Most sleeping pads in this weight category are 3 or even 4 inches thick. So TAR had some catching up to do from their original 2.5 inch thick XLite pads.The new NXT is now increased in thickness to a total of 3 inches when inflated. 

This makes it more comfortable for side sleepers, because there is more cushion under the hip bone and prevents the pad from bottoming out. In order to increase the comfort of the pad I usually do not inflate it to its maximum. This would make it way too hard and you feel like rolling off the pad. The increased thickness now gives you a bit more buffer. 

So if you had the problem of bottoming out on the original XLite, the new NXT should mitigate that. The horizontal baffles are in my opinion still not the most comfortable, though. If you didn’t have the problem of bottoming out, the overall comfort didn’t change too much. For comfort I still prefer the Nemo Tensor Insulated pad, which is the most comfortable pad I ever slept on. It does come with a weight (540g vs. 472g here) and insulation (R 4.2 vs. 4.5) penalty though. 


When the pad originally was announced there were some rumors would get even lighter while improving all the other points. While I couldn’t find the official statement anymore, there is a different weight on the box itself compared to TAR’s website. For my regular wide pad the box states 440 g, the website states 450 g and my weight sample is 472 g. At a glance this might not be that much of a difference, but especially in the ultralight community, this is a lot and especially from the weight on the box to the real weight.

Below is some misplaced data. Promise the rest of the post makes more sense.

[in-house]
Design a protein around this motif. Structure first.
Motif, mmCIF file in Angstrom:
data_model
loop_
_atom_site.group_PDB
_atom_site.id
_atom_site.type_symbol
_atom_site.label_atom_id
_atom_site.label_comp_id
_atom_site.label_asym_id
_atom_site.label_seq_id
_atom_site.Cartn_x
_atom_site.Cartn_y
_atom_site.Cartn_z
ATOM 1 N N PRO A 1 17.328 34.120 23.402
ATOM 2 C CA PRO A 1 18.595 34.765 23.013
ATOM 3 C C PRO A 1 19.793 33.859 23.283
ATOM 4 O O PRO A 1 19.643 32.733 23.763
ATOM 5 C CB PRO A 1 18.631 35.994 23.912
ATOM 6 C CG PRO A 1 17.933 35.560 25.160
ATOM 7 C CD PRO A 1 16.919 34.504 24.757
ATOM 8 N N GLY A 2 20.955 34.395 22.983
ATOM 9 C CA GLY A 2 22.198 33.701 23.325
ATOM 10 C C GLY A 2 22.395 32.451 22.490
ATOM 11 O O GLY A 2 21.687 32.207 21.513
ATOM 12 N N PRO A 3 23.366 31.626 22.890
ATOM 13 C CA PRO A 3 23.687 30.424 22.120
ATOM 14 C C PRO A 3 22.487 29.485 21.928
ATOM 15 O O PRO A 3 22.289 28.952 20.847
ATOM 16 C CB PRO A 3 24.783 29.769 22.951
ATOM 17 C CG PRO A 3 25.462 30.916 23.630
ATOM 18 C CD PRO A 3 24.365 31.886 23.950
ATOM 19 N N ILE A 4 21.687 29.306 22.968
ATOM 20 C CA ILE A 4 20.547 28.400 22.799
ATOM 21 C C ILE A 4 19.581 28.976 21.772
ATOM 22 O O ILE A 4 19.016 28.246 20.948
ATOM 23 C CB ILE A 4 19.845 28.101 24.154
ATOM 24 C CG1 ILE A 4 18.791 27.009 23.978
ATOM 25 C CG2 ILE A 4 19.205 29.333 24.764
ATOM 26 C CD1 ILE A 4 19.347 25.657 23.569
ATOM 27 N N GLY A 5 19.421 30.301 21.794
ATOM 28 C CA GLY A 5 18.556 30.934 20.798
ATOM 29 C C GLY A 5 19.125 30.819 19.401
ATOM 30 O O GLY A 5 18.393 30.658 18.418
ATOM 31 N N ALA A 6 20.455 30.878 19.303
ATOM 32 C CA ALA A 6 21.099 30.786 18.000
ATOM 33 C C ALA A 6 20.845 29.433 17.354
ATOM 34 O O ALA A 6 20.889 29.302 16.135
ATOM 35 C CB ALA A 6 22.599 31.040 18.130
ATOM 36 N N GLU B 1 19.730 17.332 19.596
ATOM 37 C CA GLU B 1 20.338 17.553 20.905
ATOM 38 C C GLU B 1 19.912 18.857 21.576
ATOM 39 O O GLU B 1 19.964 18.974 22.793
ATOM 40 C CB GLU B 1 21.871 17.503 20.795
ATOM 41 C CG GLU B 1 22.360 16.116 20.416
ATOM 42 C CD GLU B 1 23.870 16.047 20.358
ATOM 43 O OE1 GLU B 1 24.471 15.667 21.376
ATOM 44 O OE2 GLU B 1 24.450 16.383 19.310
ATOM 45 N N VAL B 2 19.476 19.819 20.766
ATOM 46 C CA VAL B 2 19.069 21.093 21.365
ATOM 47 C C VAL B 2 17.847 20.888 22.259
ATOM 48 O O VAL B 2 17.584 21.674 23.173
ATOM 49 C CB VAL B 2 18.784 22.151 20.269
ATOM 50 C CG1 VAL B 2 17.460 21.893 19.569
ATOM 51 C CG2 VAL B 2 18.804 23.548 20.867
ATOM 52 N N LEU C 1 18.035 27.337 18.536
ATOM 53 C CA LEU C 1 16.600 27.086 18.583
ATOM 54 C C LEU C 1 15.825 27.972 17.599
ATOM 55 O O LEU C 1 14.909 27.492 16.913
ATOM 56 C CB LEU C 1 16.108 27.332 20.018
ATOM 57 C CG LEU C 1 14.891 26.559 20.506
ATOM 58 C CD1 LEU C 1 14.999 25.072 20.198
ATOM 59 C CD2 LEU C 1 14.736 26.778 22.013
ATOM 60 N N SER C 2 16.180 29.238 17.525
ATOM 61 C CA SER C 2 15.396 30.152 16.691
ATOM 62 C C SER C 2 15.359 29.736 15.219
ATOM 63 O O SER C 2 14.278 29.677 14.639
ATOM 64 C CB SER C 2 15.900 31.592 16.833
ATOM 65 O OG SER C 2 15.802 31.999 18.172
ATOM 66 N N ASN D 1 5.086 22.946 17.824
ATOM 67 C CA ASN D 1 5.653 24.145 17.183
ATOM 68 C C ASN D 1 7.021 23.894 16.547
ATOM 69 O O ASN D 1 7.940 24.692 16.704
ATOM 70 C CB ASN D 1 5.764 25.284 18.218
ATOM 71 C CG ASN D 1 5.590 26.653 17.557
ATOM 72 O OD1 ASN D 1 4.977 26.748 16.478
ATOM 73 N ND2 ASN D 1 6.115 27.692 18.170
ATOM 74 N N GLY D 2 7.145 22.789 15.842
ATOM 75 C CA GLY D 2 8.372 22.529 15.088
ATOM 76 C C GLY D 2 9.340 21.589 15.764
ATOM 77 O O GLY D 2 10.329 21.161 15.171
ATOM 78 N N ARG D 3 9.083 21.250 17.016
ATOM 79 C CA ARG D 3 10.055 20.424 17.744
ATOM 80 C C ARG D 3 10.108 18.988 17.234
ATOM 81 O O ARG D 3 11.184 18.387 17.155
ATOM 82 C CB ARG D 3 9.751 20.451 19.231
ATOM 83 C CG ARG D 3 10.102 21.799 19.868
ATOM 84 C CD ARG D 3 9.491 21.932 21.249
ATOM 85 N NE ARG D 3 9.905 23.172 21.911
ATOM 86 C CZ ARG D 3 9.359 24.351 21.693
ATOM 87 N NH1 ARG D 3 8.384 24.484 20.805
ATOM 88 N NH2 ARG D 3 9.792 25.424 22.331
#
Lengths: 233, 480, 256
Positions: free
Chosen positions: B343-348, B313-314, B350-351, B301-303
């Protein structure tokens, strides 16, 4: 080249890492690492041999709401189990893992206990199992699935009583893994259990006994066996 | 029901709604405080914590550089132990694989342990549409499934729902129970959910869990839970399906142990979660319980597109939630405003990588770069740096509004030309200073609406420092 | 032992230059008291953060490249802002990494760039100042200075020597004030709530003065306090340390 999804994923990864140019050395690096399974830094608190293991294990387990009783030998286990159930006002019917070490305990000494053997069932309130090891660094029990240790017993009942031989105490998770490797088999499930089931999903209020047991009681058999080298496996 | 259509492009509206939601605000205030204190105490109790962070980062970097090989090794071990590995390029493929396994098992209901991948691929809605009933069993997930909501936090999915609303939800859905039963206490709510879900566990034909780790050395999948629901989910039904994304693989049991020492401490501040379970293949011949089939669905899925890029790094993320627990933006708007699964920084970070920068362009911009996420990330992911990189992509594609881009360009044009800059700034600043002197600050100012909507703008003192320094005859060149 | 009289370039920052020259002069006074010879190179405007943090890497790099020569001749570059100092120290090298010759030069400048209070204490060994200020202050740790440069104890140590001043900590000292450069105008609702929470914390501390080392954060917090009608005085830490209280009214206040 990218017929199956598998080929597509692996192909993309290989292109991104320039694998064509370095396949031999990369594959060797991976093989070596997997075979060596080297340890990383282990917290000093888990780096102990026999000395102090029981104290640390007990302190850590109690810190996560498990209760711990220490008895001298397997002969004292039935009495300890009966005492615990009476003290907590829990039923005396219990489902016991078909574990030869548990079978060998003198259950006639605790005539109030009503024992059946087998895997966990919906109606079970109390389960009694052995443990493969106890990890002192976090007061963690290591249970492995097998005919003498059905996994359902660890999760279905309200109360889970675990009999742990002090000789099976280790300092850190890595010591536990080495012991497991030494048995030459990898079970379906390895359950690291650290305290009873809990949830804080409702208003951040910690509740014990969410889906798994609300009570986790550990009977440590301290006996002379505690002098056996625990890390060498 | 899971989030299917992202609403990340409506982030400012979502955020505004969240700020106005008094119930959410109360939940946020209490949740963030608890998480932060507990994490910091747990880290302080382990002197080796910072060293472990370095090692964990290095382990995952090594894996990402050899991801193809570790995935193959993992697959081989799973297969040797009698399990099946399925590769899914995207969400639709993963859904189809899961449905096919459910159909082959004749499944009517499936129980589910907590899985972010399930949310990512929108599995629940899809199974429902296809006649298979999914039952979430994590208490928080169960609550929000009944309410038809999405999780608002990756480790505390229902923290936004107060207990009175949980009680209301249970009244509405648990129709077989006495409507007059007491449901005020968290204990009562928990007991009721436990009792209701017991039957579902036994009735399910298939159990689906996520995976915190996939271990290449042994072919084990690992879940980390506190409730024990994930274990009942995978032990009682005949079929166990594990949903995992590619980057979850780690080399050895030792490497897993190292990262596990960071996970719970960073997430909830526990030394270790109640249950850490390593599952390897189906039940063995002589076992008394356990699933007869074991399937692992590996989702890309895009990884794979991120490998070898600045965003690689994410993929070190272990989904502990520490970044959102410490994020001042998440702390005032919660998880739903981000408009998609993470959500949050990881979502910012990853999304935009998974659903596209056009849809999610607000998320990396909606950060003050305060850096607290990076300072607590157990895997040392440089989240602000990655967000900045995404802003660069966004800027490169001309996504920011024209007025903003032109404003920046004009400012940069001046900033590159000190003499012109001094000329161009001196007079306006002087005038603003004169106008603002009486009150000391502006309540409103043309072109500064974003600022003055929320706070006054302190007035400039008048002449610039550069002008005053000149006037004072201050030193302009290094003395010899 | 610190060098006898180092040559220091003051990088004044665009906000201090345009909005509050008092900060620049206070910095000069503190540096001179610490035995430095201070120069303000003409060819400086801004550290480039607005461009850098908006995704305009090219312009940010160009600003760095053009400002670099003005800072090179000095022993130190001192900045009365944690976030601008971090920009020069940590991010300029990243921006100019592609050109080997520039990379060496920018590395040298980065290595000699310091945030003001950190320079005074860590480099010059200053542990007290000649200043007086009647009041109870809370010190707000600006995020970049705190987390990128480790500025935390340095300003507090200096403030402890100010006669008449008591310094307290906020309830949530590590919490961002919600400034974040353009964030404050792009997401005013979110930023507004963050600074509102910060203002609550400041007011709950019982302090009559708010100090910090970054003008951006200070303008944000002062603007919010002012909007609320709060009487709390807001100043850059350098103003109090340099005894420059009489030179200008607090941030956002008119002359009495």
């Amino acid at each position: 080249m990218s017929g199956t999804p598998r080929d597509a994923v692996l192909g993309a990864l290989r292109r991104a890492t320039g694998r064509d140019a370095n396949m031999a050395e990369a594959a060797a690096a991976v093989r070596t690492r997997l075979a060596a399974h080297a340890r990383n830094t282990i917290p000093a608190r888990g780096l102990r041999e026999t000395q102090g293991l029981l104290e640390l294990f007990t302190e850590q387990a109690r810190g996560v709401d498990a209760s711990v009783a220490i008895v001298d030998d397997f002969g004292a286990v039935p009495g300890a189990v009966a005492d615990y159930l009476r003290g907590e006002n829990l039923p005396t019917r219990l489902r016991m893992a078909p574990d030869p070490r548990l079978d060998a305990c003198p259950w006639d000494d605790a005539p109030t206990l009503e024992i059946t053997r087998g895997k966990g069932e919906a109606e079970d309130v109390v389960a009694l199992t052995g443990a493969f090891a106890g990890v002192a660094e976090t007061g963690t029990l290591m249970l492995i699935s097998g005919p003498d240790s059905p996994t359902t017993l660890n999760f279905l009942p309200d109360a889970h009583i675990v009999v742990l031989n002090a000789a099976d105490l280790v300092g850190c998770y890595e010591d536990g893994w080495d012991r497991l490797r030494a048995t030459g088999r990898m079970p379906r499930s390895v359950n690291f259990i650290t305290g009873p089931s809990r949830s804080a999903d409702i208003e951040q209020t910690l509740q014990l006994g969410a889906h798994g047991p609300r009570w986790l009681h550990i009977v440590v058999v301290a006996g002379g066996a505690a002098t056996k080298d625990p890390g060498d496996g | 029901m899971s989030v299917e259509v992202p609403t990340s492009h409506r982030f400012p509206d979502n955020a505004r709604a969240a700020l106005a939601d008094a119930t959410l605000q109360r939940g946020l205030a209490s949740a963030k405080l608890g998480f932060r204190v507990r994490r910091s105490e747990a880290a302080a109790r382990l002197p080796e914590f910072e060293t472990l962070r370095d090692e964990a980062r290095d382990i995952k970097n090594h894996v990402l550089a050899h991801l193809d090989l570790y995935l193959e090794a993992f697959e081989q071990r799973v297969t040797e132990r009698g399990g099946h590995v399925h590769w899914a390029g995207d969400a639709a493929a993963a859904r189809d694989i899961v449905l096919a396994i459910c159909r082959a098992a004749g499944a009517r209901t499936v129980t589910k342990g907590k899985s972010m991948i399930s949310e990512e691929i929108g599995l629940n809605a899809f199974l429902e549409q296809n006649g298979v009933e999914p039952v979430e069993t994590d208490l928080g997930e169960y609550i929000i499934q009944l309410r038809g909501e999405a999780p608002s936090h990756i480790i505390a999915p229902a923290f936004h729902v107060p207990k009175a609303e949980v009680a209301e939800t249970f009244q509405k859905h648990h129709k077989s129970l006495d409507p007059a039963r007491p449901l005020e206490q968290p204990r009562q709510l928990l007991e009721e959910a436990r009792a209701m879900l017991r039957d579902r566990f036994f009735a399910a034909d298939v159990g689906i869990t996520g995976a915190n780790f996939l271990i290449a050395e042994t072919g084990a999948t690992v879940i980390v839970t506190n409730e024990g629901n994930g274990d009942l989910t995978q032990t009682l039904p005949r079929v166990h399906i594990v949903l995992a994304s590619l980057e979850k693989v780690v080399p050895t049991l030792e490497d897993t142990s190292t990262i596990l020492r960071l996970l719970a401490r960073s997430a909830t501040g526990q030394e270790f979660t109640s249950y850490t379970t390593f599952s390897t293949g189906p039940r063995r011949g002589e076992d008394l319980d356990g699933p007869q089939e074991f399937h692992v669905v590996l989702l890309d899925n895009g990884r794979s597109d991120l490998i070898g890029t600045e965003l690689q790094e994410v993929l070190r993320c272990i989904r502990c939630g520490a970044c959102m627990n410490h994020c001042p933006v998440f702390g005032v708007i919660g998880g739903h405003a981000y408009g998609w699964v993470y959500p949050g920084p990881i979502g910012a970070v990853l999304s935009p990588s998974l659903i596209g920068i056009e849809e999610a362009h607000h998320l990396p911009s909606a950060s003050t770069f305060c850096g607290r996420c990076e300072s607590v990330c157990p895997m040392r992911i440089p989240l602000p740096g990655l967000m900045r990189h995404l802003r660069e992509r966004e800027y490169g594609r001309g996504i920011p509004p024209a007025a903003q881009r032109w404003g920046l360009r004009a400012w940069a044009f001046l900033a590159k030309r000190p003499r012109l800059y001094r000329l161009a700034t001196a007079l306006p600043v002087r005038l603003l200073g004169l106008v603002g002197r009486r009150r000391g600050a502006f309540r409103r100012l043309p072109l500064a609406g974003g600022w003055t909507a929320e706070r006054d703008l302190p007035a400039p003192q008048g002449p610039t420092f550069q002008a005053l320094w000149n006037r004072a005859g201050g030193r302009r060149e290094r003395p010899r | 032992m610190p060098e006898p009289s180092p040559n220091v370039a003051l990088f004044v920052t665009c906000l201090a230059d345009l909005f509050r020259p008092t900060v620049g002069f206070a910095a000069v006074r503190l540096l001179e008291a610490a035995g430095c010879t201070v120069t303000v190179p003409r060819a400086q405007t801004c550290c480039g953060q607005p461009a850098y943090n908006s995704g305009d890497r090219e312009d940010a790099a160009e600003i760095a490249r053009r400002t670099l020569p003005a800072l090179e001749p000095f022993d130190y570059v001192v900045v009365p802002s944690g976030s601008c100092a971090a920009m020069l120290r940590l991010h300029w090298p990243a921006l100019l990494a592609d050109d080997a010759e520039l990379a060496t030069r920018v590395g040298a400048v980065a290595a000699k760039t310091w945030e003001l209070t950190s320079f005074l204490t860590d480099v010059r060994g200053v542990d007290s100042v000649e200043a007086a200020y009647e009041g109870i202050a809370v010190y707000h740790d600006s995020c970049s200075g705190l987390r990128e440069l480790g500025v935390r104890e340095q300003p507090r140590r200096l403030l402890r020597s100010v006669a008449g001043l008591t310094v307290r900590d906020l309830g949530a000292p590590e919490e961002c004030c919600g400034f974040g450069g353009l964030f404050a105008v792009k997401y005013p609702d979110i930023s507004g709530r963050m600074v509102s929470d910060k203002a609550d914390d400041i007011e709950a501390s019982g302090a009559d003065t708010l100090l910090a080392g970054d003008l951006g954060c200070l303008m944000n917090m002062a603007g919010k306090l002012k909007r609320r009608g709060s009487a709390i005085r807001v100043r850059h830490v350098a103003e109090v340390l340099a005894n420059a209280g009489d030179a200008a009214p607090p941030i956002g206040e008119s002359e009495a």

TAR set out to improve on the original Xlite pad and really did in terms of comfort, noise and even warmth. I really liked the previous model already and didn’t have big issues with its comfort and noise. The new NXT improved in those areast. 

My biggest gripe is the official weights and conflicting information on the box and on the website. I would like to get an accurate weight from TAR without the need to measure it at home. 

That said, the NeoAir XLite NXT is still the pad with the best warmth to weight ratio. Does this make it the new ultralight sleeping pad King? Not, really. That depends more on what you are looking for. Do you want the lightest full length pad and accept drawbacks in comfort and durability? Go with the TAR XLite Uberlite. Do you need the most comfortable lightweight pad? Go with Nemo Tensor Insulated. Do you need the warmest pad for the coldest of nights? Go with the TAR XLite XTherm (NXT). The answer is, as so often it is is that.., it depends. 

Therm-a- Rest Sleeping Pads available our partners



Tester Profile

Markus Zinkl: I’m 33 years old and live in a small village in Bavaria, Germany. I started hiking and backpacking 5-6 years ago. Coming from trail running and with light and fast in mind, I started with ultralight gear. Over the years I tried and tested a lot of gear, always in search of weight savings. Although still trying to stay out of the ultralight rabbit hole. I spend most of my days off from work on the trail, with at least one 2-3 week thru-hike. Among the more well known trails I have hiked over the last two years are the GR221, WHR (Walker’s Haute Route), TMB (Tour du Mont Blanc) and TC (Tour du Cervin-Matterhorn). As you probably notice by now, I’m at home in the mountains. So if I’m not running or thru-hiking a longer trail, I’m probably somewhere in the Alps checking out some shorter trails.

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The products that are the basis of this test were provided to us free of charge by Therm-A-Rest. The opinions presented are our own. RoadTrail Run has affiliate partnerships and may earn commission on products purchased via shopping links in this article. These partnerships do not influence our editorial content.